J.J. Light “Heya!”


J.J. Light is actually Jim Stallings, former bassist of the Sir Douglas Quintet, who played on the excellent Mendocino lp onwards. Prior to 1969’s Heya, Stallings released some singles in the early 60’s which are reportedly in a doo-wop style. The notorious Bob Markley had some involvement with the Heya lp, as he supposedly wrote some of the album’s lyrics and coined the J.J. Light name.

Heya is a diverse program that rocks hard in spots but also showcases a unique brand of music that is no doubt influenced by Stallings’ Native American roots. Both Na Ru Ka and Heya combine hard rock and ethnic influences into something that’s new and refreshing. I have heard other reviewers describe Stallings’ music as “hypnotic” though I hear more of a hard rock sound that’s laced with country and folk roots. Sure, there are a few excellent psychedelic cuts that will catch your ear first, like the rollicking It’s Wednesday and the acid fried country-rocker Gallup, New Mexico. The fuzz propelled, late period garage rock track Follow Me Girl is also top of the heap. But folk-rock and country numbers Silently Sleeping and Hello, Hello, Hello give the album its diversity and display a strong Bob Dylan influence. All the above tracks are fine statements indeed, though this album has major grower qualities that might not be apparent upon first listen.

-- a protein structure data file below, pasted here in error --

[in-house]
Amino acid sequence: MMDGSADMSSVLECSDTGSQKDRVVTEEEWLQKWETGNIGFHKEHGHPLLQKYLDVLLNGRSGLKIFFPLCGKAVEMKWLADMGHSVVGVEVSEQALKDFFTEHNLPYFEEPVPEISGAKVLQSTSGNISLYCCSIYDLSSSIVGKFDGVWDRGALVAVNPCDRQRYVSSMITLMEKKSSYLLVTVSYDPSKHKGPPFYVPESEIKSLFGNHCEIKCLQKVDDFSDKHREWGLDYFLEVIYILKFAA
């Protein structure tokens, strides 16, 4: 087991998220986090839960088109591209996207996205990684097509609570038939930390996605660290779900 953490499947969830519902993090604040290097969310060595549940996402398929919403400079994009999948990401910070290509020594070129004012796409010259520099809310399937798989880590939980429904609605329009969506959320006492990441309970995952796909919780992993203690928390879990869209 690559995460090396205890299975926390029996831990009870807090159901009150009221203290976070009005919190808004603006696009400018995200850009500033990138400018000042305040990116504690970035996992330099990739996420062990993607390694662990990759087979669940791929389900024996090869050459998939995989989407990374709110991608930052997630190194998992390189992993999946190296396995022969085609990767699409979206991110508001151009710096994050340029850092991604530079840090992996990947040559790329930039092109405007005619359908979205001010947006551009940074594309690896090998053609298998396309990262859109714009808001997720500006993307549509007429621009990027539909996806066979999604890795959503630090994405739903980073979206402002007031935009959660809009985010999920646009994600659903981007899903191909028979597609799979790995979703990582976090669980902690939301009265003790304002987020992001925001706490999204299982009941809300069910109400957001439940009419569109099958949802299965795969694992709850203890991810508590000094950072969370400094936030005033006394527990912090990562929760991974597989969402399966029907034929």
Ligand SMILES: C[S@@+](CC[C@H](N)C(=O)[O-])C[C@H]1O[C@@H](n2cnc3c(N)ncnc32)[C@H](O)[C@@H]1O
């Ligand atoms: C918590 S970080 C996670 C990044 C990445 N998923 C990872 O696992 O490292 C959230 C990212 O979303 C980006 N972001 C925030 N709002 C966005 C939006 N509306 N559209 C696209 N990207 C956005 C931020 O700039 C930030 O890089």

The recent Sunbeam Records reissue (there is also a CD Baby reissue) includes an unreleased 2nd album from 1969 that Stallings had been keeping on a dusty shelf. After his recording career as J.J. Light, Stallings played bass for the band Truth, who released the trippy P.S. (Prognosis Stegnosis) 45. While being a part of Doug Sahm’s band, Stallings and the group also released an lp without Doug’s involvement entitled Future Tense by the Quintet. In it’s day the Heya album was hardly known in the States (it was never issued in the U.S.), so it was somewhat strange when the lp sold large numbers in Europe, Japan, South America, and New Zealand. Definitely a solid 4 star record, Heya is truly a lost gem by one of rock’s unknown legends.

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“Hello, Hello, Hello”

:D CD Reissue | 2007 | amazon ]
:) Orig Vinyl | 1969 | search ebay ]

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  • W

    Really grat blog. Just discovered it and am loving your choice of music. Thanks.

  • Tim Forster

    Glad to see this album receiving some long-overdue recognition in the US. I think it’s a great shame that never got a US release (although Liberty did put out a promo 45 of Heya). Quite apart from its own merits its also an important landmark in Native American culture. The reissue was put together by me after many years of contact with Jim who is still very much alive and well and playing music.

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